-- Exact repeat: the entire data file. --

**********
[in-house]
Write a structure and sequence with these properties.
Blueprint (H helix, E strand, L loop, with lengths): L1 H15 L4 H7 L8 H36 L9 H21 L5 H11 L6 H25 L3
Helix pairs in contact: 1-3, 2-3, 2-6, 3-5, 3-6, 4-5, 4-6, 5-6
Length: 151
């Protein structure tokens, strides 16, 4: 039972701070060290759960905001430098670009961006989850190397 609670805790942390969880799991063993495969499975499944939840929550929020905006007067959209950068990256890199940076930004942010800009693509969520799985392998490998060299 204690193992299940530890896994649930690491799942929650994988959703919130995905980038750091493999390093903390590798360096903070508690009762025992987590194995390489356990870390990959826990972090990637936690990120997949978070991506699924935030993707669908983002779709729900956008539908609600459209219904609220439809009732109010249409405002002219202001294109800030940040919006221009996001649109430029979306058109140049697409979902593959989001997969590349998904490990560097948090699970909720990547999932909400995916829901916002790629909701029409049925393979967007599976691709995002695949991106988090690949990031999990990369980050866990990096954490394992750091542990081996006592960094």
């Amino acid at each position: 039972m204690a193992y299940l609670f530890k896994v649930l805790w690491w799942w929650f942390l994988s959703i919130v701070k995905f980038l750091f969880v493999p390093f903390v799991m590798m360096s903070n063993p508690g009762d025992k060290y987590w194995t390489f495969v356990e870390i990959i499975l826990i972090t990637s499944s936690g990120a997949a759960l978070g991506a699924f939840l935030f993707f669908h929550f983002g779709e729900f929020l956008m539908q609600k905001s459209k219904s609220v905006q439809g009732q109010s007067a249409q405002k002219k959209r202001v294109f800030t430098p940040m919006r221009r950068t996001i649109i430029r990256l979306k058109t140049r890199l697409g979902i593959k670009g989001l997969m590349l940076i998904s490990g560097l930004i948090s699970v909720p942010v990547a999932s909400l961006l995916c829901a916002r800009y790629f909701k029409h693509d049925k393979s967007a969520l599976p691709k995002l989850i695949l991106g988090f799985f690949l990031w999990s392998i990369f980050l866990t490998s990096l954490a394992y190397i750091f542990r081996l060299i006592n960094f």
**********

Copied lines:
[in-house]
Write a structure and sequence with these properties.
Blueprint (H helix, E strand, L loop, with lengths): L1 H15 L4 H7 L8 H36 L9 H21 L5 H11 L6 H25 L3
Helix pairs in contact: 1-3, 2-3, 2-6, 3-5, 3-6, 4-5, 4-6, 5-6
Length: 151
């Protein structure tokens, strides 16, 4: 039972701070060290759960905001430098670009961006989850190397 609670805790942390969880799991063993495969499975499944939840929550929020905006007067959209950068990256890199940076930004942010800009693509969520799985392998490998060299 204690193992299940530890896994649930690491799942929650994988959703919130995905980038750091493999390093903390590798360096903070508690009762025992987590194995390489356990870390990959826990972090990637936690990120997949978070991506699924935030993707669908983002779709729900956008539908609600459209219904609220439809009732109010249409405002002219202001294109800030940040919006221009996001649109430029979306058109140049697409979902593959989001997969590349998904490990560097948090699970909720990547999932909400995916829901916002790629909701029409049925393979967007599976691709995002695949991106988090690949990031999990990369980050866990990096954490394992750091542990081996006592960094």
């Amino acid at each position: 039972m204690a193992y299940l609670f530890k896994v649930l805790w690491w799942w929650f942390l994988s959703i919130v701070k995905f980038l750091f969880v493999p390093f903390v799991m590798m360096s903070n063993p508690g009762d025992k060290y987590w194995t390489f495969v356990e870390i990959i499975l826990i972090t990637s499944s936690g990120a997949a759960l978070g991506a699924f939840l935030f993707f669908h929550f983002g779709e729900f929020l956008m539908q609600k905001s459209k219904s609220v905006q439809g009732q109010s007067a249409q405002k002219k959209r202001v294109f800030t430098p940040m919006r221009r950068t996001i649109i430029r990256l979306k058109t140049r890199l697409g979902i593959k670009g989001l997969m590349l940076i998904s490990g560097l930004i948090s699970v909720p942010v990547a999932s909400l961006l995916c829901a916002r800009y790629f909701k029409h693509d049925k393979s967007a969520l599976p691709k995002l989850i695949l991106g988090f799985f690949l990031w999990s392998i990369f980050l866990t490998s990096l954490a394992y190397i750091f542990r081996l060299i006592n960094f």